About GnuCash 2.3.x / 2.4

Colin Law clanlaw at googlemail.com
Thu Aug 20 12:37:08 EDT 2009

2009/8/4 Phil Longstaff <plongstaff at rogers.com>:
> [snip]

> The balance for account 'ABC' on date 'D' can be determined by:
> SELECT SUM(amount_num),amount_denom FROM splits WHERE tx_guid IN (SELECT * FROM transactions WHERE post_date <= D) AND account_guid = (SELECT guid FROM accounts WHERE name = 'ABC') GROUP BY amount_denom

Just a note that this would fail if there were multiple accounts with
the same name (with different parents obviously).  It would be safer
to determine the account guid by an alternative route.


> This could *easily* not be the most efficient join, but it gives you the idea.  If you don't change the number of decimal digits for an account, I *think* that all splits for that account will have the same denominator, so the query will give you 1 row.  If you have changed the number of decimal digits, you might get more than 1 row, one for each denominator (100, 1000, 10000, ...) and will need to add them.  The SQL backend to gnucash actually uses:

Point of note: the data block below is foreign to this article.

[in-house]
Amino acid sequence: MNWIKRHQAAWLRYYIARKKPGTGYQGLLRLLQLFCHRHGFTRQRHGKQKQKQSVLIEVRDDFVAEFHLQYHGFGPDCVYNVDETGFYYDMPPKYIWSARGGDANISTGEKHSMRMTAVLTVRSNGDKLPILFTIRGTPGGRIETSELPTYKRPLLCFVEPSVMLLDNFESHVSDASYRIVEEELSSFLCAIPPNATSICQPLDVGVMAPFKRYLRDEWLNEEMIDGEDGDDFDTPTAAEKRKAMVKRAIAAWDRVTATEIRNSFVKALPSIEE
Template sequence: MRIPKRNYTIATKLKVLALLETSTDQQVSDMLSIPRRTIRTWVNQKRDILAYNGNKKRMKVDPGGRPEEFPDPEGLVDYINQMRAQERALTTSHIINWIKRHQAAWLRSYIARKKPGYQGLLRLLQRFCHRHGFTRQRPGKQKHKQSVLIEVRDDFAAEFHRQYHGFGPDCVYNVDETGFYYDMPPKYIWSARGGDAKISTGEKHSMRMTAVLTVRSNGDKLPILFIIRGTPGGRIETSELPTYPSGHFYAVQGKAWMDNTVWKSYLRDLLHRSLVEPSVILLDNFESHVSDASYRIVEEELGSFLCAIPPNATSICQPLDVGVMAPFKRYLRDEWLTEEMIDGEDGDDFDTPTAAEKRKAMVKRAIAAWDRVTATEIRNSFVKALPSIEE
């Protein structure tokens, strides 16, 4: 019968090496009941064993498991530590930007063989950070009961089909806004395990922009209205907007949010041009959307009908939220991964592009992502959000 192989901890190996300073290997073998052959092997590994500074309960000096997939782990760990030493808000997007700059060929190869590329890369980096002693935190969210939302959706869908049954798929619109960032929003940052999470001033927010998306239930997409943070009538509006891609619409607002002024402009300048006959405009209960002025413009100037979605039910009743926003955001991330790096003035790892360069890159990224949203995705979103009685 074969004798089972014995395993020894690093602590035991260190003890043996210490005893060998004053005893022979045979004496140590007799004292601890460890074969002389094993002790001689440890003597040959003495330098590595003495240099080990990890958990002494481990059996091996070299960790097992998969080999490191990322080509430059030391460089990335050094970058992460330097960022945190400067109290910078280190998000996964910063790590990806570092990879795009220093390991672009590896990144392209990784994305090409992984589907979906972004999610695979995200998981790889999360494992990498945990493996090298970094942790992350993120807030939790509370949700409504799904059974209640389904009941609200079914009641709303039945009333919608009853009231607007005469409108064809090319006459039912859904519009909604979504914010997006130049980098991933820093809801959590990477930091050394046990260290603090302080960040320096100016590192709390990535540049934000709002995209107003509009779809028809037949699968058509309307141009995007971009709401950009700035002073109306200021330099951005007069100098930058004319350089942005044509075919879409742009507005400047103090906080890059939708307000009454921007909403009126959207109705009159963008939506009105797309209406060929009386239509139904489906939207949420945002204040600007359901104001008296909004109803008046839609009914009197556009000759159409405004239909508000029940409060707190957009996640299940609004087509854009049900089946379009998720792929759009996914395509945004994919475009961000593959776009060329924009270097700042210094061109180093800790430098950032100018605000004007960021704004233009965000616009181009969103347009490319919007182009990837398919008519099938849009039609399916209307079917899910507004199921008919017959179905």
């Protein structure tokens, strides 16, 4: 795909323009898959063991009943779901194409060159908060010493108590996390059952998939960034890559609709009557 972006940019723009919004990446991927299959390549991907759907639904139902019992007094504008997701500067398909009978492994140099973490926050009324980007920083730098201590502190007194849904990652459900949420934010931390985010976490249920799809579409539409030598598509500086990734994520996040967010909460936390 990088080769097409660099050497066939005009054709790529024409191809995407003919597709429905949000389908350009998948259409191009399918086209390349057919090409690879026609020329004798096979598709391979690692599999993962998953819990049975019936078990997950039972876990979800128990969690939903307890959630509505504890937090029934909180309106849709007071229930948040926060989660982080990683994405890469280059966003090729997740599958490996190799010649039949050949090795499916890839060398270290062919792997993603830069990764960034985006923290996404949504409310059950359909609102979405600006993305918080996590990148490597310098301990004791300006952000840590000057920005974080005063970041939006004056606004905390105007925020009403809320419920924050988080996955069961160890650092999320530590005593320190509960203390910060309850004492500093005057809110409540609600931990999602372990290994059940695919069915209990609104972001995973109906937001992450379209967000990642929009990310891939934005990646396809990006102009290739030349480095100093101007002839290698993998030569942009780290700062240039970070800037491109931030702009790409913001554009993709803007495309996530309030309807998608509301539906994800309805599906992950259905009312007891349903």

> SELECT account_guid,reconcile_state,SUM(amount_num),amount_denom FROM splits GROUP BY account_guid,reconcile_state,amount_denom
> when it starts.  This generates 1 row per account_guid/reconcile_state/amount_denom triplet.  Scanning and addition gives 1 row per account_guid/reconcile_state pair, and these values provide the account balances.

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